I have a relatively simple project (from the user point of view) in mind. I want to develop a very simple PCI Express (x1) card that users can put into their system and toggle some GPIO's from a GUI program (e.g. to turn on/off some stuff). The project might sound stupid as there are better alternatives but I have decided to do this to force myself get good at stuff. So I want to do PCB design and programming (GUI and eventually a driver).

So my question is, what are the minimum requirements to have such a simple extension card?

Is it possible to do this with a STM32 controller? or Will it need FGPAs or dedicated chips/ASIC? I can imagine there is some sort of handshaking going on when a card plugs in into a PCIE slot or at boot time...

And where can I gather more information about this?

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    \$\begingroup\$ To literally do this with the PCI Express itself you would require a bridge function, either as a chip or as a functional block in a suitable FPGA. If you could use a PCIe Mini-Card slot instead, you could more simply use the embedded USB bus with an MCU having a USB device interface as many STM32's do (unclear if mPCIe adapters implement the USB the way true slots do). There may also be possibilities to (ab)use the I2C-like SMBus if actually present on the host and if you can get the low level host software to let you... \$\endgroup\$ Commented Jul 29, 2019 at 14:54
  • \$\begingroup\$ Related electronics.stackexchange.com/questions/92871/… though the comments (especially that it seems often unimplemented) seem more applicable than the answer. \$\endgroup\$ Commented Jul 29, 2019 at 14:57
  • \$\begingroup\$ If you are going to put a card in a slot that has PCIe going to it, then a number of later FPGA devices have a hard PCIe endpoint available. \$\endgroup\$ Commented Jul 29, 2019 at 15:05

1 Answer 1


Look at any PCIe endpoint controller or IP (FPGA) for all the functionality you need without having to implement a driver.

For example the MCS9901CV-CC is a single lane multifunction PCI express to I/O controller. It supports two serial ports, one parallel port and six GPIO's.
This provides you with a simple parallel port interface, which is probably the simplest implementation you could get. You can also use the IEE-1284 prtocol to implement Byte, Nibble or extended I/O features.

There are lots of endpoint controllers with this sort of functionality, or IP if you want to implement in an FPGA (horrendously expensive for this simple functionality).

You DON'T need to start with PCIe bridge functionality as a standalone controller and it would be idiotic to put this functionality in place to get simple I/O functions such as you need.

I'd suggest you buy almost any simple PCIe single lane parallel port interface and begin your learning from whatever chip is onboard.

  • \$\begingroup\$ Your claim about a bridge being inappropriate is a fundamental misunderstanding of PCI & PCIe busses; essentially anything that meaningfully interfaces useful functionality to them is a "bridge" - look at the block diagram in the data sheet of the very part you yourself link to, and you'll see that its central function is in fact a PCIe bridge. \$\endgroup\$ Commented Jul 29, 2019 at 15:49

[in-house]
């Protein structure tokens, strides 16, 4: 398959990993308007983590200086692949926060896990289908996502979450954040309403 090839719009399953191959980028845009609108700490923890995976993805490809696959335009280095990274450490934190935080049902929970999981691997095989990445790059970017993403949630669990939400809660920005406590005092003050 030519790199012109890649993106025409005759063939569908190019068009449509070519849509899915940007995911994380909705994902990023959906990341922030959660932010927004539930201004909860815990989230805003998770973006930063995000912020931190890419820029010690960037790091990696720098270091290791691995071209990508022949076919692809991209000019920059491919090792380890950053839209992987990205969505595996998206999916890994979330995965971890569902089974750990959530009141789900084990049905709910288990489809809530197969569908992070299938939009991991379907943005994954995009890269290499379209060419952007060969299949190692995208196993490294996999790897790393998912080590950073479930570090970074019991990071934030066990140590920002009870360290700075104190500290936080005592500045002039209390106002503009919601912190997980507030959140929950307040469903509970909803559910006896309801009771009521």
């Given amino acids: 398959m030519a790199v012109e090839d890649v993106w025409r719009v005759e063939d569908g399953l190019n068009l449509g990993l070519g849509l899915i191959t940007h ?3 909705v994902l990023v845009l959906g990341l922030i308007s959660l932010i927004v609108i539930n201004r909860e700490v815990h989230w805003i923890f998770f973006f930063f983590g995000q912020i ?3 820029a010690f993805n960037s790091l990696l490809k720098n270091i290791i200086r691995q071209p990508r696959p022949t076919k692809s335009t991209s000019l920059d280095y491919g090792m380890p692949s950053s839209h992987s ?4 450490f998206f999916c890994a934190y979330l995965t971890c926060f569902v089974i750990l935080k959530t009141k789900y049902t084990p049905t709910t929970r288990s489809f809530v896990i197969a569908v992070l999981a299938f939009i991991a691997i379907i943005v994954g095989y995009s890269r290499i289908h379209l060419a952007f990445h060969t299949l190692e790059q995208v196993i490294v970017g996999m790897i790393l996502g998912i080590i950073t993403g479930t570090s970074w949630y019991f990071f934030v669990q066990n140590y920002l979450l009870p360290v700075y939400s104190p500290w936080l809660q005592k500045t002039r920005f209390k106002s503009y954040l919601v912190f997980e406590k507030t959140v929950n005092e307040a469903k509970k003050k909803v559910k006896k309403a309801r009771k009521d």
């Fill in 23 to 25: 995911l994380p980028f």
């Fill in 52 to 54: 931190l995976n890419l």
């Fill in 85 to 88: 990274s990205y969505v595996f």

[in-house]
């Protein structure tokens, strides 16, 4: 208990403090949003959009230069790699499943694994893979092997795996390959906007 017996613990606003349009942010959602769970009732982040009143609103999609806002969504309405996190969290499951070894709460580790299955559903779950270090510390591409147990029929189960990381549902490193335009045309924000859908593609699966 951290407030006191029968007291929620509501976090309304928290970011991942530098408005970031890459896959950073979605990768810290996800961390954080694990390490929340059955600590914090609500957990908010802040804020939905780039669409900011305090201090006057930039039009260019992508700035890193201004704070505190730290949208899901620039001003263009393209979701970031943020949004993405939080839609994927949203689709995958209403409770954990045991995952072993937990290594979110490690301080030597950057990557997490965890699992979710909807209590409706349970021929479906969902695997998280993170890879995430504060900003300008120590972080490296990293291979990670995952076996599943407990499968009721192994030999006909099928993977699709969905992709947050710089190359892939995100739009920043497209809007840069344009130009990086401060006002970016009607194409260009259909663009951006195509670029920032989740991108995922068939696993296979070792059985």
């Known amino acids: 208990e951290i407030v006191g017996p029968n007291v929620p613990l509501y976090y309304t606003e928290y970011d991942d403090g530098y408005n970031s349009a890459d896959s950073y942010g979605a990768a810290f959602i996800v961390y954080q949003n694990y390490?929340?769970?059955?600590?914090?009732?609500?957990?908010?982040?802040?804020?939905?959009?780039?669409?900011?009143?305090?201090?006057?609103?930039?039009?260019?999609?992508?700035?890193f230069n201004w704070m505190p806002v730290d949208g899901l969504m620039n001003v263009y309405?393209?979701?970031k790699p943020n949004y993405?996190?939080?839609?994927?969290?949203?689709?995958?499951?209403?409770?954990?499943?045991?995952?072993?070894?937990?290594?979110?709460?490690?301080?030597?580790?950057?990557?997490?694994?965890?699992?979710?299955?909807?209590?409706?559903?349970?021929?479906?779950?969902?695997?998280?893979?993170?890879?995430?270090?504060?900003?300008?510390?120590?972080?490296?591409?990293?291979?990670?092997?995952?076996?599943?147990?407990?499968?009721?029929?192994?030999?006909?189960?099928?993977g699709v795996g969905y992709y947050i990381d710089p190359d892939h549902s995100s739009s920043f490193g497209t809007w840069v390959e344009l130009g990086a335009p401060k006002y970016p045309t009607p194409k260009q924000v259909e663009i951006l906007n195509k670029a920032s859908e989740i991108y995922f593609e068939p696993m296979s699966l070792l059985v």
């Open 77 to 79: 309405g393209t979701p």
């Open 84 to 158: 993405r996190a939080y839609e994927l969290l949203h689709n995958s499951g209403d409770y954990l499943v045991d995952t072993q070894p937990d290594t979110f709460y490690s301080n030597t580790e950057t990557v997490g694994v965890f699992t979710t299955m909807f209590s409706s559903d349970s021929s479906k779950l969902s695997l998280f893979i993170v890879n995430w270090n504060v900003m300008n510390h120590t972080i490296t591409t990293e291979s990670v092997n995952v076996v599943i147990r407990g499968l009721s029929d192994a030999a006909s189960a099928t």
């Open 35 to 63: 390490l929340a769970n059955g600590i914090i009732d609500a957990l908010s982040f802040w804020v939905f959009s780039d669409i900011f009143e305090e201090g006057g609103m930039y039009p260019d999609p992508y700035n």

• \$\begingroup\$ @ChrisStratton you are correct, but you can buy either an endpoint with the functionality all built in (as you point out) or you can buy a bridge function as a chip ….which forces you to design yet another PCI interface between that and the output you desire. Don't send the poor OP off down a path that results in more work where it is not required ...or at least be clear on what you are recommending. However I've revised the answer to be more specific. \$\endgroup\$ Commented Jul 29, 2019 at 16:14
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    \$\begingroup\$ @ChrisStratton I'd posit its you who doesn't understand the interface requirements. I've certainly worked on the development of PC's with ISA, PCI and PCIe professionally over the years. Your first comment is still out in left field, directing the OP to implement a PCIe bridge …..The OP only really needs a single chip solution at a couple of $ to complete the task. \$\endgroup\$ Commented Jul 29, 2019 at 17:01
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    \$\begingroup\$ @ChrisStratton Thanks for the down vote, I really do think your ego got in the way, you certainly don't like anyone who disagrees with you. Sad really. \$\endgroup\$ Commented Jul 29, 2019 at 17:37
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    \$\begingroup\$ @Jack Creasey - seems like the very thing the OP wanted, maybe even purchase-able as a pre-built card. I like it. Certainly cheaper than using an FPGA, even though doing that very thing keeps me in zinfandel and kitty litter... \$\endgroup\$ Commented Jul 29, 2019 at 23:04

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